How Facebook’s brand safety audit with the Media Rating Council will work
The MRC audit will determine whether Facebook has applied an advertising adjacency standard into its brand safety protections.
Member Exclusive‘Are you going to put people over profit?’: As Facebook boycott continues, DTCs still running ads on the platform in a tricky spot
The Facebook boycott is part of a larger cultural shift towards a more “values-based consumerism.”
WTF is California’s new, and potentially stronger, privacy law?
In November, California residents will vote on the state's second privacy law, which is basically the CCPA 2.0
SponsoredWhy data clean rooms are a start, but not enough
Clean rooms are intended to be a “safe space” for brands to collaborate with walled gardens, but the greater opportunity for all brands is bringing together all of their data to create a single source of truth that they own and can continually enrich.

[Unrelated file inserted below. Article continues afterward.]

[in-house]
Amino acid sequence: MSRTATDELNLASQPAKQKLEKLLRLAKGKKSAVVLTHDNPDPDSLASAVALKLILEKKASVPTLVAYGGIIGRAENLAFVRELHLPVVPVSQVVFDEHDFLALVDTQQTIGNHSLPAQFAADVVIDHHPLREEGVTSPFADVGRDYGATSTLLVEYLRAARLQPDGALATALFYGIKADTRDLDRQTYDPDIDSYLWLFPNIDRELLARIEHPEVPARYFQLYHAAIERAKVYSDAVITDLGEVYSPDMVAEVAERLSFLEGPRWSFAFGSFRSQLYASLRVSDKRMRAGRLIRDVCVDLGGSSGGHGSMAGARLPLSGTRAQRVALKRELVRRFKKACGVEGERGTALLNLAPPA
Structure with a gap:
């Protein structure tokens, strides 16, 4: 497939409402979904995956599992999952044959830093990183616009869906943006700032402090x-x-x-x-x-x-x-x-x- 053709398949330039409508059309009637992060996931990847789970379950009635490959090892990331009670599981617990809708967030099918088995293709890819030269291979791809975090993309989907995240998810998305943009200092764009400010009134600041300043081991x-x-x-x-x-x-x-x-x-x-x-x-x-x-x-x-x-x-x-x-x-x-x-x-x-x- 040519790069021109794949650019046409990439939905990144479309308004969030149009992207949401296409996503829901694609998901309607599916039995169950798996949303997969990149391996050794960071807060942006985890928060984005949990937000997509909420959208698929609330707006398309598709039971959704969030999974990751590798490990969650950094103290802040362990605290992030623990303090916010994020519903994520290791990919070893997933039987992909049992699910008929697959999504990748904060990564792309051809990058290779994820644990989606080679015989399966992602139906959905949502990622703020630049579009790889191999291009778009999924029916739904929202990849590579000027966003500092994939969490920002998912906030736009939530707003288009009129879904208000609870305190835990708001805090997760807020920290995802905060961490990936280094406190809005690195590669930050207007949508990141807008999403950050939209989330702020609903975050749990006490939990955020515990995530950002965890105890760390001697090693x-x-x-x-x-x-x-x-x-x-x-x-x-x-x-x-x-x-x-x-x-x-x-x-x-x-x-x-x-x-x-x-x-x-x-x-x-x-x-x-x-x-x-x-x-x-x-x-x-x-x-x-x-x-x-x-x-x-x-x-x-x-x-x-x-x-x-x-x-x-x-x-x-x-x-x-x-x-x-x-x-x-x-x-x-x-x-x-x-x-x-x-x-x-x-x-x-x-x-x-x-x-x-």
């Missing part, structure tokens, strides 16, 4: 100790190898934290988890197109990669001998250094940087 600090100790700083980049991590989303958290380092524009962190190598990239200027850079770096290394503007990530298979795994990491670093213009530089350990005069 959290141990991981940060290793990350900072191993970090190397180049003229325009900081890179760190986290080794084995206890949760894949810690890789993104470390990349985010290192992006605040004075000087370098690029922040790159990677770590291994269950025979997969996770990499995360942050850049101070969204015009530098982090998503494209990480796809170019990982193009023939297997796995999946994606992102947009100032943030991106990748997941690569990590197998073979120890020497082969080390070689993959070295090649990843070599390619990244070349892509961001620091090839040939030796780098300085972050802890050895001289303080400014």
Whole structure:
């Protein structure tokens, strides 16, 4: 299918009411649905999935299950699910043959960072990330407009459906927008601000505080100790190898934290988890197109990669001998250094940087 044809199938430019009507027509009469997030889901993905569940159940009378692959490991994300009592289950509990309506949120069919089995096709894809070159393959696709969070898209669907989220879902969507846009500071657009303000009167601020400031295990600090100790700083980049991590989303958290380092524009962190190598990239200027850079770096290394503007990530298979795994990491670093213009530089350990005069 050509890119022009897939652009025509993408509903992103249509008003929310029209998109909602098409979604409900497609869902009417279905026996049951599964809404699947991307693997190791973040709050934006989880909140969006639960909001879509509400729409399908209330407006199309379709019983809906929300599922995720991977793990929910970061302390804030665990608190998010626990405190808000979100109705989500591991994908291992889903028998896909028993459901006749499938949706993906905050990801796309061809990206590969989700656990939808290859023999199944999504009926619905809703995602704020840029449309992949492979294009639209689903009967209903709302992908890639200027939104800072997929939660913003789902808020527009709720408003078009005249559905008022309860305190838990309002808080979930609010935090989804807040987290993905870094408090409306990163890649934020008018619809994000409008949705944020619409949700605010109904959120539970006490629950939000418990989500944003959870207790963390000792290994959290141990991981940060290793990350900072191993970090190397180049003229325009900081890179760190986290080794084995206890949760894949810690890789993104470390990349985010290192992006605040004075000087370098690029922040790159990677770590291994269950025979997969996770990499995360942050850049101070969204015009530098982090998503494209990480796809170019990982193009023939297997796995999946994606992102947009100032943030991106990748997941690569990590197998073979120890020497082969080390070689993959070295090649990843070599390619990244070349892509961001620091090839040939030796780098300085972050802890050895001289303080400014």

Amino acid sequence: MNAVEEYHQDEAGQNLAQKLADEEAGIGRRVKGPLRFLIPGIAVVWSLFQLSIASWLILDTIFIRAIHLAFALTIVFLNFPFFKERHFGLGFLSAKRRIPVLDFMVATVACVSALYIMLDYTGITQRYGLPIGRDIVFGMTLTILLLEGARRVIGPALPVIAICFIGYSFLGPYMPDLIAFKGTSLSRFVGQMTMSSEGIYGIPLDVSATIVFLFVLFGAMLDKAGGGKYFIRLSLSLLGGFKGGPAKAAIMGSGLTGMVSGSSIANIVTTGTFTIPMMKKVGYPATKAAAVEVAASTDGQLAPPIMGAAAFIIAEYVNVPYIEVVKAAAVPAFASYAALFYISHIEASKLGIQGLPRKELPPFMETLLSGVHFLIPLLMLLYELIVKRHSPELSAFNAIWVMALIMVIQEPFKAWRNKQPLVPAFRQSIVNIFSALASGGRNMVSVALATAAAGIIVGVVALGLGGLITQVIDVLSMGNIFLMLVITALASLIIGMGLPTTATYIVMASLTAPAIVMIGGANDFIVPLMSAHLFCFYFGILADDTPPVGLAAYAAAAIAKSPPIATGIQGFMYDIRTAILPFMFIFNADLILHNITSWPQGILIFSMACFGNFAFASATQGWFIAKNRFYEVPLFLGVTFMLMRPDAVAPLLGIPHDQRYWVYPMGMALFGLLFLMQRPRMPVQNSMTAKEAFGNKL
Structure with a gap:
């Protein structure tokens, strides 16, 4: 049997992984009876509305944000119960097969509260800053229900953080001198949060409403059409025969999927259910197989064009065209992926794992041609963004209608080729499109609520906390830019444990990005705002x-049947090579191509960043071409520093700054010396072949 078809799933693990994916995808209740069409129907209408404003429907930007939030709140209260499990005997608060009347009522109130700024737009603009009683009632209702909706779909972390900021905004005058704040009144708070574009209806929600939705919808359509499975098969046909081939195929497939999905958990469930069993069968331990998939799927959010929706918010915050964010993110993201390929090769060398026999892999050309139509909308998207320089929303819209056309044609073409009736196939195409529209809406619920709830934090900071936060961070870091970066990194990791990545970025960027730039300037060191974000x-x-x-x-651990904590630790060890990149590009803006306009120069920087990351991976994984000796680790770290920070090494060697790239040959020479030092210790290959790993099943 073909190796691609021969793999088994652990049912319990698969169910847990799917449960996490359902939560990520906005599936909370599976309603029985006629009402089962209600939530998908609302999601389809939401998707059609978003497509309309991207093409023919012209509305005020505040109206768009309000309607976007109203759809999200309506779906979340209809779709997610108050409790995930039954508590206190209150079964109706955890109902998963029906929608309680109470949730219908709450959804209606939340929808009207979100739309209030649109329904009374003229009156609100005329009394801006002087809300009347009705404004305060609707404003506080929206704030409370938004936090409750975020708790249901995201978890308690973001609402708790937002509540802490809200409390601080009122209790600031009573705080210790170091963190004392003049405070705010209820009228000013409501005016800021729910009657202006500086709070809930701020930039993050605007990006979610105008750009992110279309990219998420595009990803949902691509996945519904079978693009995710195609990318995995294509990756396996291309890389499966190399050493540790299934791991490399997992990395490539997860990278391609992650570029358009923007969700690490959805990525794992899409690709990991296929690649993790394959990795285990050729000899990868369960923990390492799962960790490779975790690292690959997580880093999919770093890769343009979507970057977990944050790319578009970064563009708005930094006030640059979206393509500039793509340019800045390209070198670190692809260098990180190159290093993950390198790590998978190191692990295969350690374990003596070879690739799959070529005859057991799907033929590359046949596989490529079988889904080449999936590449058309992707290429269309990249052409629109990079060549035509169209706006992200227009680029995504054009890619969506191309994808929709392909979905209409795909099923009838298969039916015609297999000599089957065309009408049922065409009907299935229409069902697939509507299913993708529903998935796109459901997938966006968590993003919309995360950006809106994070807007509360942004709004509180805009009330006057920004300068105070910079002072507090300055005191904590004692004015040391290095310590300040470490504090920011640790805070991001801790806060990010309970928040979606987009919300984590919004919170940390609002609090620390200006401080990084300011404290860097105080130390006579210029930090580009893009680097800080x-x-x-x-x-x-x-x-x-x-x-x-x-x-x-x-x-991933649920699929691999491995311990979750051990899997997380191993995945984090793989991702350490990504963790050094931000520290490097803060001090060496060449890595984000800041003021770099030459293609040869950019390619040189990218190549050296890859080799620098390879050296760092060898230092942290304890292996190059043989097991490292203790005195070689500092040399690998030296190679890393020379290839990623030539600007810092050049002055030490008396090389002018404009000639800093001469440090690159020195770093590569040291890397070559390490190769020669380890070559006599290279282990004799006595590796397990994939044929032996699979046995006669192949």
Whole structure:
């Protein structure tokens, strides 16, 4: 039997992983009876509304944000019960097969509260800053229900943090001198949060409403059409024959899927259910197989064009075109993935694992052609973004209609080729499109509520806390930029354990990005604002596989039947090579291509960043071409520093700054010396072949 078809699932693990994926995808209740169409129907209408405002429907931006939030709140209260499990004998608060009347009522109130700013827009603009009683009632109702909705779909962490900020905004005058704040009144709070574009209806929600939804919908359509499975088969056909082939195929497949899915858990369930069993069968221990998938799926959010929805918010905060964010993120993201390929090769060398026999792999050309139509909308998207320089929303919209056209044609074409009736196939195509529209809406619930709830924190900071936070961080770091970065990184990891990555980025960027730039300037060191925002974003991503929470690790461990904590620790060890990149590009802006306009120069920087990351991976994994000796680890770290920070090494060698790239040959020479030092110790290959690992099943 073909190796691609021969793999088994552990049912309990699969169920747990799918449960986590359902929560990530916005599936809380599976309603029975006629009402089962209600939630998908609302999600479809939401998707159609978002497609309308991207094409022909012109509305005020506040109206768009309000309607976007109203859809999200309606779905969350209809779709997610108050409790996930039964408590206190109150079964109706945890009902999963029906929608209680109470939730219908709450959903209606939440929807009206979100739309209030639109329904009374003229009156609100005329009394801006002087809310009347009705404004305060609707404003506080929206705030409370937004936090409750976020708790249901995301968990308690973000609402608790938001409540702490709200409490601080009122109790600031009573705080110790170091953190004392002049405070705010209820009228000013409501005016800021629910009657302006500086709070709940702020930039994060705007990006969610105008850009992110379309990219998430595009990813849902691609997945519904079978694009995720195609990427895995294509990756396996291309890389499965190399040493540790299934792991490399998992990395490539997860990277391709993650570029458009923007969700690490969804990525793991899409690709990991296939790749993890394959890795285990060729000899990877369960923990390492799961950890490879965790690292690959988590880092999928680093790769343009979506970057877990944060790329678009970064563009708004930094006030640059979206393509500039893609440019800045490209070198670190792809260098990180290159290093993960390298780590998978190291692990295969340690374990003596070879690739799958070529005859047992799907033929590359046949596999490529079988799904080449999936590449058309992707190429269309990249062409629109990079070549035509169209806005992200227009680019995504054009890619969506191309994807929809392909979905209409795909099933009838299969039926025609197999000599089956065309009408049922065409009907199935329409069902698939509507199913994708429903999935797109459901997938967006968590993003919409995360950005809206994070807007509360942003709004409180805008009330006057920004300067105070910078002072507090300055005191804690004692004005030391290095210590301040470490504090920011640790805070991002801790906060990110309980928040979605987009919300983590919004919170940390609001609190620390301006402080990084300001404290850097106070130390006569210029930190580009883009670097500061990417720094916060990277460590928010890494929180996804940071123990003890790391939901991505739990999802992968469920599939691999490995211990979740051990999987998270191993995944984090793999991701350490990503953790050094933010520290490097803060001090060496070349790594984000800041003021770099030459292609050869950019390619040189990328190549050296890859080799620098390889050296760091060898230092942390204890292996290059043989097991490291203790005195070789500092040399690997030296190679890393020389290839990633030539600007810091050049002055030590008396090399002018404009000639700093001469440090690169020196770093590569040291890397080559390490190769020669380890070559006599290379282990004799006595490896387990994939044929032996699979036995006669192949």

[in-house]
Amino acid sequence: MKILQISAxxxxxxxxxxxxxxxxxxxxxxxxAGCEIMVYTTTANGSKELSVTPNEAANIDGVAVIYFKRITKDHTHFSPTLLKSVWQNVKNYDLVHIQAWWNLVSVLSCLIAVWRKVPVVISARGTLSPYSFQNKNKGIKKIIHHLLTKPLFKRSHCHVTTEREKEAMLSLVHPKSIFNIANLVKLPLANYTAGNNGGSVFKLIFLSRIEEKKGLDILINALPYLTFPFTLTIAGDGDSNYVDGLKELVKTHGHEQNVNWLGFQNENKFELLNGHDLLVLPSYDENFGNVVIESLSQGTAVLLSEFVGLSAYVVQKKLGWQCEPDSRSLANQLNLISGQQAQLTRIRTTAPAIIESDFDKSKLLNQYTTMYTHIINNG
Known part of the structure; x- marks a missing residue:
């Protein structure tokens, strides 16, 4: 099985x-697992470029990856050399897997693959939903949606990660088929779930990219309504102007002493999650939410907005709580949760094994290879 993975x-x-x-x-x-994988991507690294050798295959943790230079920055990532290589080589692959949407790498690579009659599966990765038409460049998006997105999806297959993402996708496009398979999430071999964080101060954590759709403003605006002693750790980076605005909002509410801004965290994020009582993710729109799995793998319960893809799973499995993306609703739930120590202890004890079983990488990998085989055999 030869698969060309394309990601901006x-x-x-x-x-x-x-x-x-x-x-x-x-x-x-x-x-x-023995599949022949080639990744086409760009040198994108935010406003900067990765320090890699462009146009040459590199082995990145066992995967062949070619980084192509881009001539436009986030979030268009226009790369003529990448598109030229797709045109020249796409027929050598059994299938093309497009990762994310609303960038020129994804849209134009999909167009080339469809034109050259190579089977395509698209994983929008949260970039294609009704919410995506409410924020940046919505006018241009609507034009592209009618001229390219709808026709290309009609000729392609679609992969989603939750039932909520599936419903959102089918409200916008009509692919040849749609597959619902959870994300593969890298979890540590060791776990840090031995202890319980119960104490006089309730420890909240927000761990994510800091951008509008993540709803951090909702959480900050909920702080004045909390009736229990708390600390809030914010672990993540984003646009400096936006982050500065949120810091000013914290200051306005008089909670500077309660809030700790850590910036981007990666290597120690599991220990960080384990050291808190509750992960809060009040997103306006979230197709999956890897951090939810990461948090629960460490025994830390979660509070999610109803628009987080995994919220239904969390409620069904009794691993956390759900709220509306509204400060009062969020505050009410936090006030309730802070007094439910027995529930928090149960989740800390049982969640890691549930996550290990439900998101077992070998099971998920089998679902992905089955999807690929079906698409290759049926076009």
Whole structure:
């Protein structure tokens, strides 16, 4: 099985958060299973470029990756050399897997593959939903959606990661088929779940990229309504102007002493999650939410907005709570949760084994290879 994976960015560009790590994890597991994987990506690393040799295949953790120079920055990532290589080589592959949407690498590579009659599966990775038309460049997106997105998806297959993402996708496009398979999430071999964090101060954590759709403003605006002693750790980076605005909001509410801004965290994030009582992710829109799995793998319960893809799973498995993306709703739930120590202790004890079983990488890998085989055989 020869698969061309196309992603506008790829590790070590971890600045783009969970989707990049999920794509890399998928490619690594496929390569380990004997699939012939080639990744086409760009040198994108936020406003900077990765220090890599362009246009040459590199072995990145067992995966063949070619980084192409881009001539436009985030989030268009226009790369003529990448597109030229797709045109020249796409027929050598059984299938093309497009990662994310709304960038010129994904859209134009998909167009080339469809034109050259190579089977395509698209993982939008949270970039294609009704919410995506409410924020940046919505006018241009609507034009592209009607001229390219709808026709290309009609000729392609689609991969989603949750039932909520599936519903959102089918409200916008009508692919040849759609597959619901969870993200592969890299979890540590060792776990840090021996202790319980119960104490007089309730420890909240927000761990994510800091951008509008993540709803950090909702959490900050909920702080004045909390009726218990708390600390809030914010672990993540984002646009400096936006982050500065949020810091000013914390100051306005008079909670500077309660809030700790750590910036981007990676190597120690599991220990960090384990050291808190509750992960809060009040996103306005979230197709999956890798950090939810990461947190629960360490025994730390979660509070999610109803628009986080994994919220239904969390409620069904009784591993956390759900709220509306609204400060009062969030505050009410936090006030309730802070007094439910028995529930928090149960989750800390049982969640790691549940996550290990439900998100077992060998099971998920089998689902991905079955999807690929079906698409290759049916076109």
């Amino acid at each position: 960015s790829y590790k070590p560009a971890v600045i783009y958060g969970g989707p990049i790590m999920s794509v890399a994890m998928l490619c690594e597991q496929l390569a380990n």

‘Influencer deals are being paused’: As Facebook boycott begins in earnest, influencer marketing feels a sting
The latest move to pause influencer marketing comes as marketers are not only reconsidering where their ads appear and the kind of content they appear next to, but as they work to figure out how they can better support Black creators and Black-owned businesses following the Black Lives Matter (BLM) protests.
As Facebook boycott continues, here’s a look at what major marketers were spending on Facebook and Instagram
To get a sense of how much advertisers are pulling back from Facebook, Digiday reached out to ad-tracking firm Pathmatics. The company provided estimates for how much advertisers spent on the platform during July 2019 as well as from July 2019 to 2020.